ATTO is a more straight-forward type of disk benchmark that measures transfer speeds across a specific volume length.  It measures raw transfer rates for both reads and writes and graphs them out in an easily interpreted chart.  We chose .5kb through 8192kb transfer sizes and a queue depth of 6 over a total max volume length of 256MB.  This test was performed on blank, formatted drives with default NTFS partitions in Windows 7 x64. 

ATTO Disk Benchmark

OCZ Vertex LE 100GB SSD

Fusion-io ioXtreme 80GB PCI Express SSD

OCZ RevoDrive 120GB


OCZ RevoDrive X2 240GB

In ATTO testing, the RevoDrive X2 drive showed some of the highest overall read and write bandwidth of the five SSD solutions we compared.  Like the IBIS drive, small file transfers are not the RD X2's strong suit, but when you get up to 16 - 32K and higher, the product really begins to stretch its legs, besting even the Fusion-io drive by a significant margin from 32K to 8MB transfers.  The ioXtreme does offer significantly more responsive small file transfer results however.
CrystalDiskMark Performance

CrystalDiskMark is a synthetic benchmark that tests both sequential as well as random small and large file transfers.  It does a nice job of providing a quick look at best and worst case scenarios with regard to SSD performance, best case being large sequential transfers and worse case being small, random 4K transfers. 

CrystalDiskMark Benchmarks
Synthetic File Transfer Tests

OCZ Vertex LE - 100GB MLC SSD

Fusion-io - 80GB MLC PCI Express SSD


OCZ RevoDrive 120GB

OCZ RevoDrive X2 240GB

The RD X2 can't quite catch the ioXtreme in read performance until we begin to saturate it with IO request at a queue depth of 32 with 4K transfers.  In short the RevoDrive X2 looks a lot like the IBIS in this test, as it did in our previous test runs.  With respect to write throughput, both the RD X2 and the IBIS show strong performance, occasionally besting the Fusion-io ioXtreme in sequential and larger transfers but falling short of the ioXtreme in small file write performance.
File Transfer Tests - General Performance

Our next series of tests are what you might call more "crude measurements" in that we simply fired up our trusty stop-watch and measured the time it took to complete a copy and paste command of a single large file or a bunch of large files from one storage volume in our test system to another.

** Please note that we utilized a Fusion-io ioDrive card as our source drive in the following tests, to read files from or copy files to, for our read and write measurements.  This affords us the luxury of much higher available bandwidth from the source drive or to a target drive, such that either direction would not be the limiting factor in a given test condition.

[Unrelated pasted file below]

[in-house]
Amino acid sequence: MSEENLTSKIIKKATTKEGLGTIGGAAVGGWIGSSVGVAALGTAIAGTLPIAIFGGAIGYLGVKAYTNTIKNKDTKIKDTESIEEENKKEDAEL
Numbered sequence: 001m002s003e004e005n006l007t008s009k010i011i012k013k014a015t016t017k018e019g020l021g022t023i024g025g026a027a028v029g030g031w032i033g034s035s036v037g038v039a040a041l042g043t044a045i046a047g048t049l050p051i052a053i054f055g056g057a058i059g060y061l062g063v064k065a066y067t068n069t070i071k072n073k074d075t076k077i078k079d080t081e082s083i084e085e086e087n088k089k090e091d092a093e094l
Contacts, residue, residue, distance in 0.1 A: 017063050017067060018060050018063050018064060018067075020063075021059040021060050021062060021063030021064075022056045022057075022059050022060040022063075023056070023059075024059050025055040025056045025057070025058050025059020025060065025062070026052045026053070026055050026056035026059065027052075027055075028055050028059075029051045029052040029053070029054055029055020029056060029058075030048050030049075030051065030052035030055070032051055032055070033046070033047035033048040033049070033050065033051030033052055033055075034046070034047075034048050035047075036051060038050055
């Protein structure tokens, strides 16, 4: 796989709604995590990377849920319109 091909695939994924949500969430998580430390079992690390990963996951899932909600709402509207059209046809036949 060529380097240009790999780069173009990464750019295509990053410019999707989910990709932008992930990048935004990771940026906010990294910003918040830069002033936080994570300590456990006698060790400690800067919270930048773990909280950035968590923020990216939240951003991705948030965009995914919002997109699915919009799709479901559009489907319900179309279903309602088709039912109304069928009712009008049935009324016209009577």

Bulk File Transfer Tests - Read/Write Performance
Custom File Transfers Measured


Here the OCZ RevoDrive X2 offers a sizable performance gain over a standard SSD and actually bests the ioXtreme drive in write performance, but it can't quite catch it in this test case.  Interestingly, the OCZ IBIS drive shows measurable faster transfers in this test, versus the RD X2.  Let's look at a single large file transfer of 2.5GB of data.

With this test, the RevoDrive X2 drive shows that it's actually slightly faster than the ioXtreme in the write transfer test but slightly slower by a hair in reads.  This time the RD X2 also kept pace nicely with the OCZ IBIS drive.  We should also
note that, for the large sequential reads seen in this test and the test charted above, a single SSD offers similar performance.
PCMark Vantage HDD

We really like PCMark Vantage's HDD Performance for its real-world application measurement approach to testing.  From simple Windows start-up performance to data streaming from a disk drive in a game engine and video editing with Windows Movie Maker, we feel more comfortable that these tests reasonably illustrate the performance profile of SSDs in an end-user/consumer PC usage model.

This series of Vantage tests will stress read performance in real-world usage models, with a broad mix of sequential and random read transactions of both small and large file sizes. 

Futuremark's PCMark Vantage

Here, the OCZ RevoDrive X2 dishes out the second fastest set of numbers in the bunch, second only, by relatively small margins, to the ioXtreme 80GB card.  The beauty of the RevoDrive X2 however, especially with tests like the Vista Startup test, is that you can actually boot off of it as a primary OS volume, which is something we still simply cannot say for Fusion-io's product, though they've promised this capability eventually (at this point, we'll believe that when we see it).  Regardless, the rest of the data speaks for itself.  The RevoDrive X2 is over twice as fast as a standard SandForce-based SATA SSD in many of these tests and 20 - 35% faster in these tests versus even the proprietary OCZ IBIS drive.

Incidentally, we setup the RevoDrive X2 with a clean Windows 7 Ultimate X64 install and set it to boot, just to have a little fun.  The RevoDrive X2 booted windows in 13.5 seconds; good times, good times.

PCMark Vantage (Continued)